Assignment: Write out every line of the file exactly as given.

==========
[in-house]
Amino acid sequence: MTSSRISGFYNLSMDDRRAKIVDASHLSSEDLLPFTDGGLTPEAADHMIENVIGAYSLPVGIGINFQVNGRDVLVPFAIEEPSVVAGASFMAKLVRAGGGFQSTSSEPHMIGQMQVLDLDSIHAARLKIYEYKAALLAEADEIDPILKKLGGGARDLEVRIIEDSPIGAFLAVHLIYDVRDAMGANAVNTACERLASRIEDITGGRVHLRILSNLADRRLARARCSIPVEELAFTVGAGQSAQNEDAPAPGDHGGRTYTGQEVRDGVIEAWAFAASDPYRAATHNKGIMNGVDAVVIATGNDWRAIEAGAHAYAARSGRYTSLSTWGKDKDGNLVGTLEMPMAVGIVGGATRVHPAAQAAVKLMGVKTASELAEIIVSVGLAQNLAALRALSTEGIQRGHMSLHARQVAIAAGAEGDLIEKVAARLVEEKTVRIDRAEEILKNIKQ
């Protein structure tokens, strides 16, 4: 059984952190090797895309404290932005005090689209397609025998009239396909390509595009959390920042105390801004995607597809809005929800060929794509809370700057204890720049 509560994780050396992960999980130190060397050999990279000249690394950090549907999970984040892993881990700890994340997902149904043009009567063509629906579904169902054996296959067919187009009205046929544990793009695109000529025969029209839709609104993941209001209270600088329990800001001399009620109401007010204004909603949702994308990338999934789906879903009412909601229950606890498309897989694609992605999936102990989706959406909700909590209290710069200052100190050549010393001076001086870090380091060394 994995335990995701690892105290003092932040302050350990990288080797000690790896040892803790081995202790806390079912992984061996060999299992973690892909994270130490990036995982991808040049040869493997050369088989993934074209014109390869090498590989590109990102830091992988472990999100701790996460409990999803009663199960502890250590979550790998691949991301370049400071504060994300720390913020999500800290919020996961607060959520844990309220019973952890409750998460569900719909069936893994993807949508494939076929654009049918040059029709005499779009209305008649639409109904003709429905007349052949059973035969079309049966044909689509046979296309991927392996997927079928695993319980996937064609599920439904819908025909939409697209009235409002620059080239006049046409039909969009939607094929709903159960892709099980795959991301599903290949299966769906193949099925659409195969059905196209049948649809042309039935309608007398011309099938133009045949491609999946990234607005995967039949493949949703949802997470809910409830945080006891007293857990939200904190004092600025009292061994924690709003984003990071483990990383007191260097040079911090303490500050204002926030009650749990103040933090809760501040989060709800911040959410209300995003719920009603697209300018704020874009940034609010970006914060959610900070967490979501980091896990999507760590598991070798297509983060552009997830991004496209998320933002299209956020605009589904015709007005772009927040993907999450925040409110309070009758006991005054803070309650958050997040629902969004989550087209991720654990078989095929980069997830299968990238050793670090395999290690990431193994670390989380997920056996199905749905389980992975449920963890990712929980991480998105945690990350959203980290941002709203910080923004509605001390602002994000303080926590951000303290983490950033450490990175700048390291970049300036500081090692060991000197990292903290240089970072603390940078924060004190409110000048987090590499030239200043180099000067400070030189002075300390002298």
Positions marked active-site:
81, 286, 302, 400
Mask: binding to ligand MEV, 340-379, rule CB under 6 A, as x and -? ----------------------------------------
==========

[in-house]
Amino acid sequence: MTSSRISGFYNLSMDDRRAKIVDASHLSSEDLLPFTDGGLTPEAADHMIENVIGAYSLPVGIGINFQVNGRDVLVPFAIEEPSVVAGASFMAKLVRAGGGFQSTSSEPHMIGQMQVLDLDSIHAARLKIYEYKAALLAEADEIDPILKKLGGGARDLEVRIIEDSPIGAFLAVHLIYDVRDAMGANAVNTACERLASRIEDITGGRVHLRILSNLADRRLARARCSIPVEELAFTVGAGQSAQNEDAPAPGDHGGRTYTGQEVRDGVIEAWAFAASDPYRAATHNKGIMNGVDAVVIATGNDWRAIEAGAHAYAARSGRYTSLSTWGKDKDGNLVGTLEMPMAVGIVGGATRVHPAAQAAVKLMGVKTASELAEIIVSVGLAQNLAALRALSTEGIQRGHMSLHARQVAIAAGAEGDLIEKVAARLVEEKTVRIDRAEEILKNIKQ
């Protein structure tokens, strides 16, 4: 059984952190090797895309404290932005005090689209397609025998009239396909390509595009959390920042105390801004995607597809809005929800060929794509809370700057204890720049 509560994780050396992960999980130190060397050999990279000249690394950090549907999970984040892993881990700890994340997902149904043009009567063509629906579904169902054996296959067919187009009205046929544990793009695109000529025969029209839709609104993941209001209270600088329990800001001399009620109401007010204004909603949702994308990338999934789906879903009412909601229950606890498309897989694609992605999936102990989706959406909700909590209290710069200052100190050549010393001076001086870090380091060394 994995335990995701690892105290003092932040302050350990990288080797000690790896040892803790081995202790806390079912992984061996060999299992973690892909994270130490990036995982991808040049040869493997050369088989993934074209014109390869090498590989590109990102830091992988472990999100701790996460409990999803009663199960502890250590979550790998691949991301370049400071504060994300720390913020999500800290919020996961607060959520844990309220019973952890409750998460569900719909069936893994993807949508494939076929654009049918040059029709005499779009209305008649639409109904003709429905007349052949059973035969079309049966044909689509046979296309991927392996997927079928695993319980996937064609599920439904819908025909939409697209009235409002620059080239006049046409039909969009939607094929709903159960892709099980795959991301599903290949299966769906193949099925659409195969059905196209049948649809042309039935309608007398011309099938133009045949491609999946990234607005995967039949493949949703949802997470809910409830945080006891007293857990939200904190004092600025009292061994924690709003984003990071483990990383007191260097040079911090303490500050204002926030009650749990103040933090809760501040989060709800911040959410209300995003719920009603697209300018704020874009940034609010970006914060959610900070967490979501980091896990999507760590598991070798297509983060552009997830991004496209998320933002299209956020605009589904015709007005772009927040993907999450925040409110309070009758006991005054803070309650958050997040629902969004989550087209991720654990078989095929980069997830299968990238050793670090395999290690990431193994670390989380997920056996199905749905389980992975449920963890990712929980991480998105945690990350959203980290941002709203910080923004509605001390602002994000303080926590951000303290983490950033450490990175700048390291970049300036500081090692060991000197990292903290240089970072603390940078924060004190409110000048987090590499030239200043180099000067400070030189002075300390002298």
Positions marked active-site:
81, 286, 302, 400
Mask: binding to ligand MEV, 340-379, rule CB under 6 A, as x and -? ----------------------------------------